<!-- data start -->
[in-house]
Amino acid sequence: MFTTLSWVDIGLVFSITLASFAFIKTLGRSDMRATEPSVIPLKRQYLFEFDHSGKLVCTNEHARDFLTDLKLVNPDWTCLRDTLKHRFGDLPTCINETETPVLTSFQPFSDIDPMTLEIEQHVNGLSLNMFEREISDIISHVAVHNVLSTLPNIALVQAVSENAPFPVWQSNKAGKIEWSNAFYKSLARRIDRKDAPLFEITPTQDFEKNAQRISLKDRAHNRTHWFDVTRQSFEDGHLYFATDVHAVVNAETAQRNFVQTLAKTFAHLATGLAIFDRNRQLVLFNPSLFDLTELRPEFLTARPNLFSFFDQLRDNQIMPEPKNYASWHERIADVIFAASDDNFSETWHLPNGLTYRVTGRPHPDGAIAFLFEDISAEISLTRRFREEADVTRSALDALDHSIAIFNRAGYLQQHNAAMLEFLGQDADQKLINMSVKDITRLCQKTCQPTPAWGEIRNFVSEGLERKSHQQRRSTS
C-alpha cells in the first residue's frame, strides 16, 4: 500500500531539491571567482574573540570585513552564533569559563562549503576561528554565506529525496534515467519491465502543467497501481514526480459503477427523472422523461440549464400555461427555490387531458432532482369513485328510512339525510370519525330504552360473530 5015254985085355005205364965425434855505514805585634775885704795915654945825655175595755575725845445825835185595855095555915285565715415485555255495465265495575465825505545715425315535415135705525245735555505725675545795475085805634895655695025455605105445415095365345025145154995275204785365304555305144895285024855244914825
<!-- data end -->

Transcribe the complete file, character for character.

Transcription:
[in-house]
Amino acid sequence: MFTTLSWVDIGLVFSITLASFAFIKTLGRSDMRATEPSVIPLKRQYLFEFDHSGKLVCTNEHARDFLTDLKLVNPDWTCLRDTLKHRFGDLPTCINETETPVLTSFQPFSDIDPMTLEIEQHVNGLSLNMFEREISDIISHVAVHNVLSTLPNIALVQAVSENAPFPVWQSNKAGKIEWSNAFYKSLARRIDRKDAPLFEITPTQDFEKNAQRISLKDRAHNRTHWFDVTRQSFEDGHLYFATDVHAVVNAETAQRNFVQTLAKTFAHLATGLAIFDRNRQLVLFNPSLFDLTELRPEFLTARPNLFSFFDQLRDNQIMPEPKNYASWHERIADVIFAASDDNFSETWHLPNGLTYRVTGRPHPDGAIAFLFEDISAEISLTRRFREEADVTRSALDALDHSIAIFNRAGYLQQHNAAMLEFLGQDADQKLINMSVKDITRLCQKTCQPTPAWGEIRNFVSEGLERKSHQQRRSTS
C-alpha cells in the first residue's frame, strides 16, 4: 500500500531539491571567482574573540570585513552564533569559563562549503576561528554565506529525496534515467519491465502543467497501481514526480459503477427523472422523461440549464400555461427555490387531458432532482369513485328510512339525510370519525330504552360473530 5015254985085355005205364965425434855505514805585634775885704795915654945825655175595755575725845445825835185595855095555915285565715415485555255495465265495575465825505545715425315535415135705525245735555505725675545795475085805634895655695025455605105445415095365345025145154995275204785365304555305144895285024855244914825